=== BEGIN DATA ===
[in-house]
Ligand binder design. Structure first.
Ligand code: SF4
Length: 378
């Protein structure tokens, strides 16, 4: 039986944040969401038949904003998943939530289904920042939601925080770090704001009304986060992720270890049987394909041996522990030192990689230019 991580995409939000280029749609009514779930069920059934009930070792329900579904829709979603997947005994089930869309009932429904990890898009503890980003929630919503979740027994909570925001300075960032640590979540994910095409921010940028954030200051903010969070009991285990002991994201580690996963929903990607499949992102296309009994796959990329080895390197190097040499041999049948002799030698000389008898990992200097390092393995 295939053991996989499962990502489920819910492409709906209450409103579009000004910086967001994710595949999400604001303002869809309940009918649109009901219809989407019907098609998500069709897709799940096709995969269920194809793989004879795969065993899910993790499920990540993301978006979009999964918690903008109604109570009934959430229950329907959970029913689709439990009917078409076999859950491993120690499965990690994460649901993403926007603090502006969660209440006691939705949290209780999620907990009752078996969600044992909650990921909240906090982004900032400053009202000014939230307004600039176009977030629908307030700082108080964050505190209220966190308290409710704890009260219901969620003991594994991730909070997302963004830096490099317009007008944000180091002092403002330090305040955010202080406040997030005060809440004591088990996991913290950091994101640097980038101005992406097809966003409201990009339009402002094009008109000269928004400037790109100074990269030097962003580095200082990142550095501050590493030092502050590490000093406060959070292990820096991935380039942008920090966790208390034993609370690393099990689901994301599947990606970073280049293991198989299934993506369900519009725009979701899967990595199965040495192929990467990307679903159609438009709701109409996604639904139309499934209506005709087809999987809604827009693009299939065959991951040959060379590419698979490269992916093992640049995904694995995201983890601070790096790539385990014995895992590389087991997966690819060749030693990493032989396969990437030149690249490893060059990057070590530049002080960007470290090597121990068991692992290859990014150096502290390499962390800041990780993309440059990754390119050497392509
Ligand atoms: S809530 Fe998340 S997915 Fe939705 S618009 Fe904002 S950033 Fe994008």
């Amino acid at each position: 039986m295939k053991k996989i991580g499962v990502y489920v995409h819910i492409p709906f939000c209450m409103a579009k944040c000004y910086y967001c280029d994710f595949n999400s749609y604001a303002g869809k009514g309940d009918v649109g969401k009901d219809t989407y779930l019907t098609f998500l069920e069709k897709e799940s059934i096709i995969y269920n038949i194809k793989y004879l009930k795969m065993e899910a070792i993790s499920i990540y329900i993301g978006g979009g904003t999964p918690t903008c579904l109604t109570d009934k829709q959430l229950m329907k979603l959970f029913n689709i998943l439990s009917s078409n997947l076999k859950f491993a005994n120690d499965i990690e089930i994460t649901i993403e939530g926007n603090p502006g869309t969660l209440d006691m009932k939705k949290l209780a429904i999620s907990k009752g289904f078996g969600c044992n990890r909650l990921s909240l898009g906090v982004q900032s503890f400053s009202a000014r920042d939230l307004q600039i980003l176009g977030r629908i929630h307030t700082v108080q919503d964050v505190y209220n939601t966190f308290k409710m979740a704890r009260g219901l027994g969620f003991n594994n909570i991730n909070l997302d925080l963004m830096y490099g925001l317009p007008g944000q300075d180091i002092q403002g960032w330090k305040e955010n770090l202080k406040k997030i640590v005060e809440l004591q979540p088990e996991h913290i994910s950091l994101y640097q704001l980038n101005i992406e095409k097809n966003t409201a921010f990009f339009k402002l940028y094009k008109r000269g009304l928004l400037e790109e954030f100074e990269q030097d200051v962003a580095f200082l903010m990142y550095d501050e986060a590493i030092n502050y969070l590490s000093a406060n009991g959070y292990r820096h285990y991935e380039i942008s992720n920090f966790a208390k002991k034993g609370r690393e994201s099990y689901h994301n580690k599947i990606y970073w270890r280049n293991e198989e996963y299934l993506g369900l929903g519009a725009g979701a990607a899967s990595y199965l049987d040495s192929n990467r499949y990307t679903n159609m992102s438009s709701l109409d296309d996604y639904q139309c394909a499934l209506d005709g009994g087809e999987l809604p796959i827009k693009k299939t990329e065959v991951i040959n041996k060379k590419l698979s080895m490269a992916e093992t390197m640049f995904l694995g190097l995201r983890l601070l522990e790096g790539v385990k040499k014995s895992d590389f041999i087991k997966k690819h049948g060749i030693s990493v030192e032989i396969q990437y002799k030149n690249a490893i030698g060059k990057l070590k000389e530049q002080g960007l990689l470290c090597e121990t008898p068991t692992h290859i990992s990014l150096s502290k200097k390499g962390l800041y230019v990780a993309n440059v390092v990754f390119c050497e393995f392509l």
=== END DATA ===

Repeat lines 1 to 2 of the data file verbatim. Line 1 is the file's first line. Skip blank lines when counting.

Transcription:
[in-house]
Ligand binder design. Structure first.